In Beijing, the most popular hot pot is none other than Shua Yang Rou (刷羊肉), i.e., dipping slices of lamb into the hot pot. Typically, everyone gets his/her own small pot and tada, all you have to do is cook whatever you order. These are specialty stores which serve mostly lamb related items, like offals, etc... beef may be ordered as well but not the popular choice. However, you can still visit if you're vegetarian as there are lots of choices to choose from.
After the hot pot, you may also order skewered lamb (like those from Xinjiang) on the side. Yummy!
There is a very good hot pot restaurant near to the Forbidden City. If anyone needs the location, please email me. I was also told by a cab driver in Beijing that the city of Yangfan (enroute to the Great Wall) is famous for such hot pot. We did go and yes, it was excellent. However, that's a bit of travel as far as I'm concerned. But, if you're on the way, you must try!
Hot Pot is very popular in Beijing and Chongqing due to their cold weather. Outside China, it's extremely popular in South Korea too!
During the first week of the Chinese New Year, it was extremely cold and the perfect time to have hot pot for dinners. Many familes who were not feasting in restaurants chose to feast at home with hot pot instead. Hot pot doesn't involve much cooking or preparation (by a single person) but instead needs everyone's effort and cooperation. It's a fun way of having a family dinner and hence has proven to be highly popular with the Chinese families, especially during the winter. … more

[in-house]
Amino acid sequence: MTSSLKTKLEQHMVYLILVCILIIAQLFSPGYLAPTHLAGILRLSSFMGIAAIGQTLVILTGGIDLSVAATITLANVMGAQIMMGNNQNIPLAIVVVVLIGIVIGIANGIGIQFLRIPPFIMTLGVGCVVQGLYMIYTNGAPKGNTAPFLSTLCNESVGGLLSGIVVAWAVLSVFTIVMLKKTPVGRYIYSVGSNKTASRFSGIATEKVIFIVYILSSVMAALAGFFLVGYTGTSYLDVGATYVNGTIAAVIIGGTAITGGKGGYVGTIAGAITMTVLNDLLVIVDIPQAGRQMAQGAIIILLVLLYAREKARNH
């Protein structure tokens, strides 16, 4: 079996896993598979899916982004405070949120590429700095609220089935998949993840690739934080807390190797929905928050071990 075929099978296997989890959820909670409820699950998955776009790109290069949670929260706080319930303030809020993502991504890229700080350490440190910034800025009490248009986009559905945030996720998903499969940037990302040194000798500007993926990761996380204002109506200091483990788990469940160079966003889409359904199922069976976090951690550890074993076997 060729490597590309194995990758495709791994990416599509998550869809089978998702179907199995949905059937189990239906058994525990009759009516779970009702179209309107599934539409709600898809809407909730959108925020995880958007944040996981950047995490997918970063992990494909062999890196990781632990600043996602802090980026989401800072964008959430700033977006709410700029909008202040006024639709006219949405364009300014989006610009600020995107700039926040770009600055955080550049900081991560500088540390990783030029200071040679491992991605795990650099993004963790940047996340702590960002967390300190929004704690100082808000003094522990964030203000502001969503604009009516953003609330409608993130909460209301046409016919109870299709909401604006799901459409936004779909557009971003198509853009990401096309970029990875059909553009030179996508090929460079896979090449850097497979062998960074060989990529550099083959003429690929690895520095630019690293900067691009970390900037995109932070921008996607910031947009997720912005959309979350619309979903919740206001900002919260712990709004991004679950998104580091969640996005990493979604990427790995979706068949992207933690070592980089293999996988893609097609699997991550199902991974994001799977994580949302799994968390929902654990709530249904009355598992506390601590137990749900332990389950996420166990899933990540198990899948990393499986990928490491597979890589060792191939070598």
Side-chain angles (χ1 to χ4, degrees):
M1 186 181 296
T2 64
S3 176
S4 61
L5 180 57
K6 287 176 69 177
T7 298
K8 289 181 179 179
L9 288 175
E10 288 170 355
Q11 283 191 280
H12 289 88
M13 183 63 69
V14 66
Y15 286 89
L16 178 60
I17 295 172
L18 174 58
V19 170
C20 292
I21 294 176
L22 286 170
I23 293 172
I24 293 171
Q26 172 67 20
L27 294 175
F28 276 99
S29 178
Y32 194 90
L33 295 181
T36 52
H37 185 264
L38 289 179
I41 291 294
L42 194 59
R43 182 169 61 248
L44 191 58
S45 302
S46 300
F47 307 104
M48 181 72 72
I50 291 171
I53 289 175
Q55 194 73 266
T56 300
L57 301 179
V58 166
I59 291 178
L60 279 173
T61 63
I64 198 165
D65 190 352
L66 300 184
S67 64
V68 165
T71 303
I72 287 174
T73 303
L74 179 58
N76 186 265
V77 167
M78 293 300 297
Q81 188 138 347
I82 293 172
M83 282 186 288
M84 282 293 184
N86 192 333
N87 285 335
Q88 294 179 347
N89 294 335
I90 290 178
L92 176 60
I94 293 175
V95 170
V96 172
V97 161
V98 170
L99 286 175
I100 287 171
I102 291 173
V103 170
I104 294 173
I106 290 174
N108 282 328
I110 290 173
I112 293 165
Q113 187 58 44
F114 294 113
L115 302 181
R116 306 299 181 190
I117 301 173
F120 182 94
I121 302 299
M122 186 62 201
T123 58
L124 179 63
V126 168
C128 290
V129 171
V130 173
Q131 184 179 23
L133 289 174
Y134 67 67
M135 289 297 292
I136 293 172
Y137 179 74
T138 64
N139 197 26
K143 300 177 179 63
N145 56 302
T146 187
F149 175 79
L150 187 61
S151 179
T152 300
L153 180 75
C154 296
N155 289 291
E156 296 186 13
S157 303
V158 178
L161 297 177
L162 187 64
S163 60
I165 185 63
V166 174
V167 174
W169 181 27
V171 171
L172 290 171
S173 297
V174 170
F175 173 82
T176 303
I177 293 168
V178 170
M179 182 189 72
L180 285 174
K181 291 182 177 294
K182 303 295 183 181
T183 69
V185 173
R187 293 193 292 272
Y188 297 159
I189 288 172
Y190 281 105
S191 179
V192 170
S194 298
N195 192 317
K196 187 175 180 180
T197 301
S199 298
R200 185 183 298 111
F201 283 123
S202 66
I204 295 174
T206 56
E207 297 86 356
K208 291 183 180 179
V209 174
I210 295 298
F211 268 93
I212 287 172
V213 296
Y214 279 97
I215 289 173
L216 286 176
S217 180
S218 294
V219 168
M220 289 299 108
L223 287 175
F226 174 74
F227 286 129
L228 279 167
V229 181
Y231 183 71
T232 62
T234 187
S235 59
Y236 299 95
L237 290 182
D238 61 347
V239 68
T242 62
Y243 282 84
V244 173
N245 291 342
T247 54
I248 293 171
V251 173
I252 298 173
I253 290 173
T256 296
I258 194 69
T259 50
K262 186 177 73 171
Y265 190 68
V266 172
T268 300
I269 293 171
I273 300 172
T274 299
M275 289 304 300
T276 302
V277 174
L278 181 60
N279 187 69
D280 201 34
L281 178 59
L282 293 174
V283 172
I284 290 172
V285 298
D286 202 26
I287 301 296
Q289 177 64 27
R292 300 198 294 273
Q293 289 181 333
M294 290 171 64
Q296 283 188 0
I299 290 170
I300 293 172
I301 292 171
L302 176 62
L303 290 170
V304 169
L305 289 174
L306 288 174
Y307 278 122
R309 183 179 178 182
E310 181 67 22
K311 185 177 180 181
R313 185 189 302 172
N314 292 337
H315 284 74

Hot pot, less commonly Chinese fondue or steamboat, refers to several East Asian varieties of stew, consisting of a simmering metal pot of stock at the center of the dining table. While the hot pot is kept simmering, ingredients are placed into the pot and are cooked at the table. Typical hot pot dishes include thinly sliced meat, leafy vegetables, mushrooms, wontons, egg dumplings, and seafood. The cooked food is usually eaten with a dipping sauce. In many areas, hot pot meals are often eaten in the winter.
Some have claimed that the Asian hot pot tradition had its origins in the region of Mongolia, even before the rise of the Mongols, although there is little historical evidence to support this, including the fact that hot pot is not a part of Mongolian cuisine but rather Chinese cuisine. Another more likely claim of origin is from near the Sichuan province of China, more specifically - the Ba region surrounding the municipality of Chongqing. In any event, the practice of hot pot spread to other parts of Asia through Chinese influence.
The Mongolian hot pot tradition originated from northern nomadic tribes. The Mongolian version of the steaming feast has been called the father of all Chinese hot pot. The Chinese hot pot boasts a history of more than 1000 years. Both the preparation method and the required equipment are unknown in the cuisine of Mongolia of today. Due to the complexity and specialization of the utensils and the method of eating it, hot pot cooking is much ...